Date of Award

Spring 5-20-2017

Document Type


Degree Name

Bachelor of Arts



First Advisor

Sergei Lobanov-Rostovsky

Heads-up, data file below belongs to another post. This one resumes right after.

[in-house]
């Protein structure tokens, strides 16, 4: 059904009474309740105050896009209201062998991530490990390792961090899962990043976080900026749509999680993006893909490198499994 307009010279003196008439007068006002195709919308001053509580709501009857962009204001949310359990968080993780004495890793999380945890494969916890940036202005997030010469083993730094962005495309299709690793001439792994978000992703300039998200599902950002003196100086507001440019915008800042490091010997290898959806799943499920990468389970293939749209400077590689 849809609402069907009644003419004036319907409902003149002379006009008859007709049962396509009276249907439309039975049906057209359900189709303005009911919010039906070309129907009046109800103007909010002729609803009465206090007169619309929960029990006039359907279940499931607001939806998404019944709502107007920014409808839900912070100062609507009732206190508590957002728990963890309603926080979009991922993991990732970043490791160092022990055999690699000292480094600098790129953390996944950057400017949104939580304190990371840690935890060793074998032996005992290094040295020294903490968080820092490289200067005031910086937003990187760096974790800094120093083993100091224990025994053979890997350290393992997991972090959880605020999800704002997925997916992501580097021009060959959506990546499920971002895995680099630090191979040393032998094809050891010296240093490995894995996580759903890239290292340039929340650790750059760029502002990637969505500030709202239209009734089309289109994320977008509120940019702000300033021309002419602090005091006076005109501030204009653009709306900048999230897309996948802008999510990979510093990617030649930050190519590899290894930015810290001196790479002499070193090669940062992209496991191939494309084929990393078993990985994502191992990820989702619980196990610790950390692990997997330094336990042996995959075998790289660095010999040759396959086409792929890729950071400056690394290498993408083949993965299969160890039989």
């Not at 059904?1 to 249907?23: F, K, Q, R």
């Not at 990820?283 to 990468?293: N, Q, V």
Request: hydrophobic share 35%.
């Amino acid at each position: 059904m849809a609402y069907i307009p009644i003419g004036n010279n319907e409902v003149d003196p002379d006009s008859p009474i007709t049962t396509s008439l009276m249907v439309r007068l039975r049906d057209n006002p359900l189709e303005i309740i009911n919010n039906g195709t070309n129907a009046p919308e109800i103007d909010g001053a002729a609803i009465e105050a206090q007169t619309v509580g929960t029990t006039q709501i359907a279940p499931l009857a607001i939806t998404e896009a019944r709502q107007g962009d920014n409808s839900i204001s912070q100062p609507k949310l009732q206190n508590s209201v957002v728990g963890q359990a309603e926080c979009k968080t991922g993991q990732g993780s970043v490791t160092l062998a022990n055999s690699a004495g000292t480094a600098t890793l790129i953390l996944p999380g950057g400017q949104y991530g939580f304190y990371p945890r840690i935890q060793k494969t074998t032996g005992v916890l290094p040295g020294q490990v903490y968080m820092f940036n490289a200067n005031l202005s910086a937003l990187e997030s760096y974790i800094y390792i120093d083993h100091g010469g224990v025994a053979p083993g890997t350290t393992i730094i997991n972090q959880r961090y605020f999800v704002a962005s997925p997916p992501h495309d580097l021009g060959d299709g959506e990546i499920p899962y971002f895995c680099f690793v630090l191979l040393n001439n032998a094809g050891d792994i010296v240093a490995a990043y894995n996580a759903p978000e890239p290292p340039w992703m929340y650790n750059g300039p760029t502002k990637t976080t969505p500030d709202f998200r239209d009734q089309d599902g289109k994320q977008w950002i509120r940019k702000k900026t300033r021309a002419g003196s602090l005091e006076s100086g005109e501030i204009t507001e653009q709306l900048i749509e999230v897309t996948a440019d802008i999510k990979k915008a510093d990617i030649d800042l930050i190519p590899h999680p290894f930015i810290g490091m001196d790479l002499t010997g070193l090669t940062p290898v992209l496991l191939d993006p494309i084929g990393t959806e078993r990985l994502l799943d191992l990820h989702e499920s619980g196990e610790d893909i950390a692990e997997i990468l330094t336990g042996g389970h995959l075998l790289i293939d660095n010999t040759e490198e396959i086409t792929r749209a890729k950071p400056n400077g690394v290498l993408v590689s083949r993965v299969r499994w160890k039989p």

Operation Iraqi Freedom, the protracted conflict that lasted from March 2003 to December 2011, presents novel challenges for writers and filmmakers attempting to represent one of the first major American wars of the 21st century. My thesis examines varied attempts to represent OIF, specifically as a means of constructing an American masculine subject in the new millennium. Through a reading of the key cultural productions of the war, I demonstrate that this attempt to recuperate masculinity confronts writers and filmmakers with representational gaps and ideological contradictions. The writers discussed in this essay propose and critique a sense of manhood precariously balanced between moral integrity and masculine resolve. My first chapter addresses the narrative of the trauma hero, which endeavors to represent masculinity through wounding and healing. These narratives, however, fail to conceal the rift between passivity and violent action. My second chapter examines the figure of Sergeant William James in Kathryn Bigelow’s film The Hurt Locker. James’ masculinity attempts to fuse these poles of activity and passivity, creating an incoherence that brings the wound to the level of narrative, forcing circularity and compulsive repetition. My final chapter looks at Ben Fountain’s novel Billy Lynn’s Halftime Walk. My reading of the novel reveals that the wound that appears on a psychological level in the trauma hero and on a narrative level in The Hurt Locker is at its core a representational wound, one that emanates from the preemptive structure of the war as a whole. Fountain’s novel shows that the pleasure of consuming masculine representation is actually the pleasure of representational mediation itself, which both revels in and conceals the nature of its visual frame.

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